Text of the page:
Microsoft issues out-of-cycle fix for critical Windows RPC fault
If the Vista kernel can't be spoofed, it appears some of its key Internet Protocol kernel drivers can be. An IBM security division discovered the problem, and this morning, Microsoft issued what it hopes will be a fix.
A division of IBM involved with security research is being credited for having discovered a seriously exploitable vulnerability in both Windows XP and Windows Vista. The subject this time around deals with two critical components used by the TCP/IP stack: Internet Group Management Protocol (IGMP) and Multicast Listener Discovery (MLD) for IPv6, the latter applying only to Vista.
Neither of these components have been immune to vulnerabilities in the past, though the implication from both IBM and Microsoft today was that this particular exploit, discovered by ISS last August, may in fact be somewhat novel in its approach.
The basic concept is not new, though: Intentionally malformed packets for Source Specific Multicasting for MLD, or similarly malformed packets for IGMP, can trigger the TCP/IP kernel driver to execute arbitrary code. As if to drum the issue home, an ISS advisory stated that theoretically such arbitrary code could come in from the outside, and could potentially be one of the many variants of the dreaded Storm Worm.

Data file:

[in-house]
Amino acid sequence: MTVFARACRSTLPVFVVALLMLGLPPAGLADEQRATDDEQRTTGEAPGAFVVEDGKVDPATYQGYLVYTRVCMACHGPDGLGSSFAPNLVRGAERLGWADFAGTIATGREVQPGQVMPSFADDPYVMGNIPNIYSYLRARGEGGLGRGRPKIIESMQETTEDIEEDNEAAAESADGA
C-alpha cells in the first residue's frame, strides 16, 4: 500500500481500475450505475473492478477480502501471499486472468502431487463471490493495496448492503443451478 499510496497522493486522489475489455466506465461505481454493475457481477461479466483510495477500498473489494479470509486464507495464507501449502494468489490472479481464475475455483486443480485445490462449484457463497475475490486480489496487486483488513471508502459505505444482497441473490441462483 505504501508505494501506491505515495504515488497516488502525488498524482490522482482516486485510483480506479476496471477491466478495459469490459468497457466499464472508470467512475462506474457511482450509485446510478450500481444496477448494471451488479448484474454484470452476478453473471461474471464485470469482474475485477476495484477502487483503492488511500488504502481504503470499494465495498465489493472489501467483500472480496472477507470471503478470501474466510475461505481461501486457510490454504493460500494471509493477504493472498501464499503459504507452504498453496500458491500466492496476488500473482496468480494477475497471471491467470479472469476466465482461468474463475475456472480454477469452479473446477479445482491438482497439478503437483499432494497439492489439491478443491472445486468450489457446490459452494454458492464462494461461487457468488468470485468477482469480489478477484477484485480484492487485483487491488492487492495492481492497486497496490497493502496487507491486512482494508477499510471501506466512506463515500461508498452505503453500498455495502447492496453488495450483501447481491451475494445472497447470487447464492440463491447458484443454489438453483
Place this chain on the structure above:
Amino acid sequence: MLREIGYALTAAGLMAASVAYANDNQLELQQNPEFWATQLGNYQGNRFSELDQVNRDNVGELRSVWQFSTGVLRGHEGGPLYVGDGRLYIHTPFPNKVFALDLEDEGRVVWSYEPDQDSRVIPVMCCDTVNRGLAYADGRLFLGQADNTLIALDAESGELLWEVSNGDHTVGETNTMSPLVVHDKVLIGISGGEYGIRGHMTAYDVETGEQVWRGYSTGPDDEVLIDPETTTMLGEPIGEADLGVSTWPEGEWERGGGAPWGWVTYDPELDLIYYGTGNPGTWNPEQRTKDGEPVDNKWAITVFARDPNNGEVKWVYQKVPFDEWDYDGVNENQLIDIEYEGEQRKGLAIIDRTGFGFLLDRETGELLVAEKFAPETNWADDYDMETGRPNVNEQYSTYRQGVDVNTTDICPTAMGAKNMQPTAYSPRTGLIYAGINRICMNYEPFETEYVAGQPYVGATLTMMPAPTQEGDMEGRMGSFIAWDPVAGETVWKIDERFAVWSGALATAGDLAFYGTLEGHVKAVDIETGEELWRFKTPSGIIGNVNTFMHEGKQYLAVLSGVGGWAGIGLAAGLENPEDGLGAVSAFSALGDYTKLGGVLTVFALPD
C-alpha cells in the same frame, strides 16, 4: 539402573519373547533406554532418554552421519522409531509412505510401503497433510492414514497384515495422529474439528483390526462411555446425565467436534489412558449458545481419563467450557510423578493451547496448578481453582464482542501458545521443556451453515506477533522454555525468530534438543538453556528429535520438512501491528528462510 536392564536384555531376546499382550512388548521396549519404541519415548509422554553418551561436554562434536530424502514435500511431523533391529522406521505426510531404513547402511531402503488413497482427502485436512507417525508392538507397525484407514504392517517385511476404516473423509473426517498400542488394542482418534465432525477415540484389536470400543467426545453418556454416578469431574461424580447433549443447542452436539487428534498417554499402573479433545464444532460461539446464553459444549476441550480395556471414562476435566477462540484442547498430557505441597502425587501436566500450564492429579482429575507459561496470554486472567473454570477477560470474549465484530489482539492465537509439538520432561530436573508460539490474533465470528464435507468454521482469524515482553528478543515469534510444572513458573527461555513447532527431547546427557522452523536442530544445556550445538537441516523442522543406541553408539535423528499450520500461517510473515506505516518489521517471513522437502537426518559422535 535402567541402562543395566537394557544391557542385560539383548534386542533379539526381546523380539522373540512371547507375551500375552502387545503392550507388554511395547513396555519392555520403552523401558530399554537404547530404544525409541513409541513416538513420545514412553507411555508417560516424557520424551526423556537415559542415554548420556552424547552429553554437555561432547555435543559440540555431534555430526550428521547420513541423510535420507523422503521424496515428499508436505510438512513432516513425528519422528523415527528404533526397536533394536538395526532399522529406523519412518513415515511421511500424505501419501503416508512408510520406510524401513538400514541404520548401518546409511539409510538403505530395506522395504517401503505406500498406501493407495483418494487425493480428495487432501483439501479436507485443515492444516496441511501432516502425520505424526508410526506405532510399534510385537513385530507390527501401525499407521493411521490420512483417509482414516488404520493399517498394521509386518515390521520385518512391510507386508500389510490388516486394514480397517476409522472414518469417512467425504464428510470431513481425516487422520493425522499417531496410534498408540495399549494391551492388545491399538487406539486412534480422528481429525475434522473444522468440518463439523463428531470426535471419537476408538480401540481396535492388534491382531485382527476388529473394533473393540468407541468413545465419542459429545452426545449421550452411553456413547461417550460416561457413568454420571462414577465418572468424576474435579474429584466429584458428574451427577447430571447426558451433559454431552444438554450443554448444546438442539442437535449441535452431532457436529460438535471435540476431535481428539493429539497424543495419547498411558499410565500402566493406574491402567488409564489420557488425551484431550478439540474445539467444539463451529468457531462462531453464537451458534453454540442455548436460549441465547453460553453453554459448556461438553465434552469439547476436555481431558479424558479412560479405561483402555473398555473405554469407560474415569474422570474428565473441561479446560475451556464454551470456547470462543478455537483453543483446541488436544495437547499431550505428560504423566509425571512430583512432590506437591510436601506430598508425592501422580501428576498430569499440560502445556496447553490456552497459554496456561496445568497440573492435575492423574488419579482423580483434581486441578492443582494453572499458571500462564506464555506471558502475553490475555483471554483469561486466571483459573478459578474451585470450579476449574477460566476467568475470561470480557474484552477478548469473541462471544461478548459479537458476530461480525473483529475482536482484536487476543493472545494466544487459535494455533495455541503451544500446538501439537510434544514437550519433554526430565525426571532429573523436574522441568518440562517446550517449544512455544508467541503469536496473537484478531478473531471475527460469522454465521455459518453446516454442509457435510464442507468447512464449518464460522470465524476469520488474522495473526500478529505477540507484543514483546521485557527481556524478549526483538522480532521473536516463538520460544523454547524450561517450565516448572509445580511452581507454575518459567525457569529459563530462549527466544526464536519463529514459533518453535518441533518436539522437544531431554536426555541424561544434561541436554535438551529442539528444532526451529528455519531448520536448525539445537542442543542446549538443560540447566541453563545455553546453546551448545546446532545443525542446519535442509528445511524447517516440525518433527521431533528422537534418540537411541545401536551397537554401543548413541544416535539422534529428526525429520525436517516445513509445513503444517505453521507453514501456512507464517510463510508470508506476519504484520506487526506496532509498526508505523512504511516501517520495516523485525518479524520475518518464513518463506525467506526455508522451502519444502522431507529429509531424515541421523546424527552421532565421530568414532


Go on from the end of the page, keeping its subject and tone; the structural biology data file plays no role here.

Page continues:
Just the mention of that sends shivers through the security community, which is why some security engineering firms today issued press releases saying their products already protect against this vulnerability because they can detect the Storm Worm. Such is likely not the case.
"An attacker does not need to invoke any kind of user interaction to exploit this vulnerability," reads an ISS bulletin updated this morning. "The lack of user interaction, widespread availability of the protocols, and the possibility of complete compromise of targeted systems means that administrators should treat this vulnerability as highly critical."
Microsoft's security update for both vulnerabilities was posted this morning to TechNet.